Smith, 77, of Smithtown, was transported to Stony Brook University Hospital in serious condition. The deer was gone upon police arrival.

The vehicle was impounded for a safety check. Detectives are asking anyone with information on this crash to call the Sixth Squad at 631-852-8652.

Photo by Tom Caruso

A FLYING LEAP

Tom Caruso captured this fleeting moment on a recent trip to Caleb Smith State Park Preserve in his hometown of Smithtown. He writes, ‘It was a beautiful day. I wandered around the park and saw several deer grazing in an open field. I circled around the field to get a better look when a herd of deer came crashing out of the woods to my right and bounded across the field. I caught this deer in full flight and it was quite a sight.’

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Pixabay photo

As the days get shorter and the sun sets sooner, car crashes are more common. According to the American Automobile Association, after the clocks are turned back to standard time in the fall, more incidents happen between 5 p.m. and 7 p.m.

AAA recently reported that in 2020 there were 33,956 animal-related crashes in the state. Suffolk County, with 1,310 animal-related incidents, was the second highest in the state, tying with Monroe and behind Orange County. After the sun sets, residents are aware that animals can dart across the street, especially deer. Their sudden appearance on roadways in the fall is a regular occurrence as it’s rutting season for the creatures. It’s the time that they mate, and they have matters on their mind other than safety. 

While the last thing any driver wants to do is hit an animal, there are other dangers to look out for after dark. Pedestrians can still be walking in the evening hours. Many people wear dark colors and are hard to spot. The problem is compounded when they aren’t carrying flashlights that would draw attention to them.

While pedestrians can take care to wear the appropriate clothing and take a flashlight or wear some type of reflective material on jackets or shirts, experts advise drivers to pay extra attention, especially on streets that are lit dimly or not at all.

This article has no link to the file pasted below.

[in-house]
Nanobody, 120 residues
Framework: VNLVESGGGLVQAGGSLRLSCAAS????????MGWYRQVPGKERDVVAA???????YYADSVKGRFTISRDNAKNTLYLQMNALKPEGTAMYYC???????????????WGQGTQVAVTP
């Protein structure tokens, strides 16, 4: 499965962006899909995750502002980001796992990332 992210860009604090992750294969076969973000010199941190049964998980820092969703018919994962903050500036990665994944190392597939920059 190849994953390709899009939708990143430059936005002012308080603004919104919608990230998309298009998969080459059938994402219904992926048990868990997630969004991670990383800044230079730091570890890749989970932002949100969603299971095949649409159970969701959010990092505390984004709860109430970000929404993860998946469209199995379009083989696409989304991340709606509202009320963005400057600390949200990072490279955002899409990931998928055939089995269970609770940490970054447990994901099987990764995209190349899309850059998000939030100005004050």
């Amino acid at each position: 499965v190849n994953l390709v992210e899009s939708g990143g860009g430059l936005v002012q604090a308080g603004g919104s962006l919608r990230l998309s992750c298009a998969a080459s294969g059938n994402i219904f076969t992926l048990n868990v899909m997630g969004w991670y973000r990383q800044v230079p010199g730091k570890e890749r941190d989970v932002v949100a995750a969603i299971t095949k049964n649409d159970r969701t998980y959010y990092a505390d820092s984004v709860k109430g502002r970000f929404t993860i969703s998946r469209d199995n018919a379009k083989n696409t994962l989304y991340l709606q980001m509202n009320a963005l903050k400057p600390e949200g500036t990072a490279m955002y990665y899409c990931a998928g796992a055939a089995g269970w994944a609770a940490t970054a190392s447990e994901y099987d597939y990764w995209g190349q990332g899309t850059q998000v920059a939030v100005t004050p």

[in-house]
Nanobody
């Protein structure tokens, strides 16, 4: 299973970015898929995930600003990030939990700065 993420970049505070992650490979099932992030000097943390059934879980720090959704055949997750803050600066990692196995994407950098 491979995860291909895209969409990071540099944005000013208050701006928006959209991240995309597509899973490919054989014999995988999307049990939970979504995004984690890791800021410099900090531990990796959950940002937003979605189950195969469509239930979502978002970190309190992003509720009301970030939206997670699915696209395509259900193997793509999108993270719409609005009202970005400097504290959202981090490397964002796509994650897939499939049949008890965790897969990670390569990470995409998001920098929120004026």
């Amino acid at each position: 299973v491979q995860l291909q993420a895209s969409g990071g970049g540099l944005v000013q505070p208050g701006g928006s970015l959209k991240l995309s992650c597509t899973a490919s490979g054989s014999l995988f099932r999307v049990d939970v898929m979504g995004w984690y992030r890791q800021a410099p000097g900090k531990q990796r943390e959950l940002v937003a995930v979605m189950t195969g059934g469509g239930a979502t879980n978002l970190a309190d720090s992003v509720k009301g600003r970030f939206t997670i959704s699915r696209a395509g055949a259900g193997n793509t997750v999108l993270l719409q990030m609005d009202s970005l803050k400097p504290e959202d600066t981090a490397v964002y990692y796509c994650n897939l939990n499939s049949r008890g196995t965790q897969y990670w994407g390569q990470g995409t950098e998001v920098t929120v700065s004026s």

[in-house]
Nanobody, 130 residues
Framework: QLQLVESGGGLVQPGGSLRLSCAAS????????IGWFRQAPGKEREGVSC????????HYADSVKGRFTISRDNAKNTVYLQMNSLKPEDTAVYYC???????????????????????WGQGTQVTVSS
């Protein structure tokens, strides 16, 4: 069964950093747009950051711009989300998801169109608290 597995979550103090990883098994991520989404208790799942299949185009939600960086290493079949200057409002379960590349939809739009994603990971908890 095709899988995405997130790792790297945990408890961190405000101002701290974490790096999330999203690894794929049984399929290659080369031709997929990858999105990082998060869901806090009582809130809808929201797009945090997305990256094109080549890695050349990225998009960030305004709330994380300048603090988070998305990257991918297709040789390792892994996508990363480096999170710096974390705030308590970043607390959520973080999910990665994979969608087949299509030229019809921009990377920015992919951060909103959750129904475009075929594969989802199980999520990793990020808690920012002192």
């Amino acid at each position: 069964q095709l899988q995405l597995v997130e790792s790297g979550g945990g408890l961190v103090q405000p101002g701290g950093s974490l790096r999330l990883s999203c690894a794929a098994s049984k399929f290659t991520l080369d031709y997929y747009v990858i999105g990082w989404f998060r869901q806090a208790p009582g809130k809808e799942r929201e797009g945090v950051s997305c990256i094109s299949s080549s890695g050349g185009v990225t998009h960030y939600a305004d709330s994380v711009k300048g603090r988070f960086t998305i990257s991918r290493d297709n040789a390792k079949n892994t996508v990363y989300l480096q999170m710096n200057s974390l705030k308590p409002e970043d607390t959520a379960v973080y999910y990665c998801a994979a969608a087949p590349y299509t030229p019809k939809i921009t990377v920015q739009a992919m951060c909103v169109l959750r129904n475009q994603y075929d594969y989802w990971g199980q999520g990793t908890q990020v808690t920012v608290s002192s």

In areas where deer signs are posted or while traveling in busy areas where people may be walking, it’s best to drive slowly, of course, and keep more distance than usual between your car and the one in front of you. The same advice can come in handy when leaves are wet and can cause dangerous road conditions that make it difficult to stop. If a driver finds  a deer or a pedestrian close by, or tires slipping on leaves, the best thing is not to swerve suddenly and to brake slowly.

One last note, drivers need to make sure they stay centered in the lane. Many tend to gravitate more to the side when headlights go on; however, this can place vehicles even closer to pedestrians and animals. To make sure your car is centered in the lane, try to draw an imaginary line that goes from the asphalt to the sky. Look at the level of the horizon to stay on course if you feel you are gravitating to one side.

Driving at night can be a little tricky, but with extra care we can keep ourselves and our neighbors safe. 

Pixabay photo

By Leah S. Dunaief

Leah Dunaief

Talk about mixed emotions. That’s what we feel when we are driving along and suddenly see a deer running out from among the trees. They are beautiful and graceful animals, and we stop the car and point them out to our small children in the back seat, who are thrilled at the sighting, perhaps recalling Bambi. But there is a lot more to the deer story here in suburbia.